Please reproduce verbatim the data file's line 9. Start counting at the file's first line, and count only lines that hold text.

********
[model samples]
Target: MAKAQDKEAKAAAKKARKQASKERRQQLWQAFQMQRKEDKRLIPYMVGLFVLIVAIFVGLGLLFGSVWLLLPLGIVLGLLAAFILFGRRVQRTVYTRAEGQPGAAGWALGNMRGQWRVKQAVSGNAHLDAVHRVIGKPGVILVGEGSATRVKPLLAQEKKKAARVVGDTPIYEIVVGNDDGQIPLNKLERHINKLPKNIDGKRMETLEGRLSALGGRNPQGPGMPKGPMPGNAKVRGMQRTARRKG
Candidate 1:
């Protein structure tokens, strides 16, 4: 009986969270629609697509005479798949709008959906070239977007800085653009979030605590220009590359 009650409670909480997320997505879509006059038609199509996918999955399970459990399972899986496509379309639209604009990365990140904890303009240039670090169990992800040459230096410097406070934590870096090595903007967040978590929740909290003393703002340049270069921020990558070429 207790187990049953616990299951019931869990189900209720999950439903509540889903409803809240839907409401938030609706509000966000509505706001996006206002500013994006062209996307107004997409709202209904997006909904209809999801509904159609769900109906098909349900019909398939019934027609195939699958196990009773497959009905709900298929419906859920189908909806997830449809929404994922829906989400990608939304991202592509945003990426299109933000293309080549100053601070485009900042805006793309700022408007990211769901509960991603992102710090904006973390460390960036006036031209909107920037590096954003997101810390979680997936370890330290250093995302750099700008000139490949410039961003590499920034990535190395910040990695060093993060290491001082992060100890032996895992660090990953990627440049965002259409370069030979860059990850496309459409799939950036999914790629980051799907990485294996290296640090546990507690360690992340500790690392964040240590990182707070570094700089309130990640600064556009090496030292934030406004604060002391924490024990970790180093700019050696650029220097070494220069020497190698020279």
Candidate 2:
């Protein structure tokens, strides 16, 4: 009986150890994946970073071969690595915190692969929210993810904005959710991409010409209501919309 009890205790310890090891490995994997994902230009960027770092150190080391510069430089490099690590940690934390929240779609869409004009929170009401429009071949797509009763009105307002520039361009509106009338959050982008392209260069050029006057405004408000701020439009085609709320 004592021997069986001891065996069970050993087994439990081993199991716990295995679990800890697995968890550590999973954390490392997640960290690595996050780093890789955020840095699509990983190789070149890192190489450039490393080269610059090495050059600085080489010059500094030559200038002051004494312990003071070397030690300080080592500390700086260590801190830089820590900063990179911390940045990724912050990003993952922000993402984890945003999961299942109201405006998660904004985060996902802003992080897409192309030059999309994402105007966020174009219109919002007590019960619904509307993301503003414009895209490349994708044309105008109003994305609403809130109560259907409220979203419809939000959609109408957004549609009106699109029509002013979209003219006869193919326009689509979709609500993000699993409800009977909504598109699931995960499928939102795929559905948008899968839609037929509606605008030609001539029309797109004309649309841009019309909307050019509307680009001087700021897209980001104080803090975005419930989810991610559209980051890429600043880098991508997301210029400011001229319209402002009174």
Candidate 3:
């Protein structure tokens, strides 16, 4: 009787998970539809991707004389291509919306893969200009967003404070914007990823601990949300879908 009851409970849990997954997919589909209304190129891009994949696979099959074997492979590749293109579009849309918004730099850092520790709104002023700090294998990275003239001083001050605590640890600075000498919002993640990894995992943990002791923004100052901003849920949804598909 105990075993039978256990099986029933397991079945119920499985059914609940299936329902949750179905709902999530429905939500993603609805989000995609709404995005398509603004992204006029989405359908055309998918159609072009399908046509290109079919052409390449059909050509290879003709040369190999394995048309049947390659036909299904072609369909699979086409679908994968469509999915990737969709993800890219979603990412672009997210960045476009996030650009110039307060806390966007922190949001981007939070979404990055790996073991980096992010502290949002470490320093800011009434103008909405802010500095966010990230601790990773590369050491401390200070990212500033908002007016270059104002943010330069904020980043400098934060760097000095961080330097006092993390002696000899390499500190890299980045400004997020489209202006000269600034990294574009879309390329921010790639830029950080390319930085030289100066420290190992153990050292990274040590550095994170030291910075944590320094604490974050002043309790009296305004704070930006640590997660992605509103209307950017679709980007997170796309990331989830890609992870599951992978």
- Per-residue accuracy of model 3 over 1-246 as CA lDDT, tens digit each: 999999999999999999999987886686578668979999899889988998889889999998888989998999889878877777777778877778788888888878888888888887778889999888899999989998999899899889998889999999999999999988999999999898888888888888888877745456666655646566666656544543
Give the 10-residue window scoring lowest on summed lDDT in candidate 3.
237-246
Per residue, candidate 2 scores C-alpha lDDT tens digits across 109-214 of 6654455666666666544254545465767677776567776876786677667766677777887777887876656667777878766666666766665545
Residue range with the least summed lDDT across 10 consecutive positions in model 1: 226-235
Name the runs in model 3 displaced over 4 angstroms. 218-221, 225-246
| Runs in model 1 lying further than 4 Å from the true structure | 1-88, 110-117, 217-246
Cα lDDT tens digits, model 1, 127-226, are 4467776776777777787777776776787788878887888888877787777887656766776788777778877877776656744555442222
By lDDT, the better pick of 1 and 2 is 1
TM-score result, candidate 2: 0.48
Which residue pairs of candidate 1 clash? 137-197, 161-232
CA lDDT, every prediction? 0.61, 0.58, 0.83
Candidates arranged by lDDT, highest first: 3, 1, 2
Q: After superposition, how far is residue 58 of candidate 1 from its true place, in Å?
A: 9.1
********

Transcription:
- Per-residue accuracy of model 3 over 1-246 as CA lDDT, tens digit each: 999999999999999999999987886686578668979999899889988998889889999998888989998999889878877777777778877778788888888878888888888887778889999888899999989998999899899889998889999999999999999988999999999898888888888888888877745456666655646566666656544543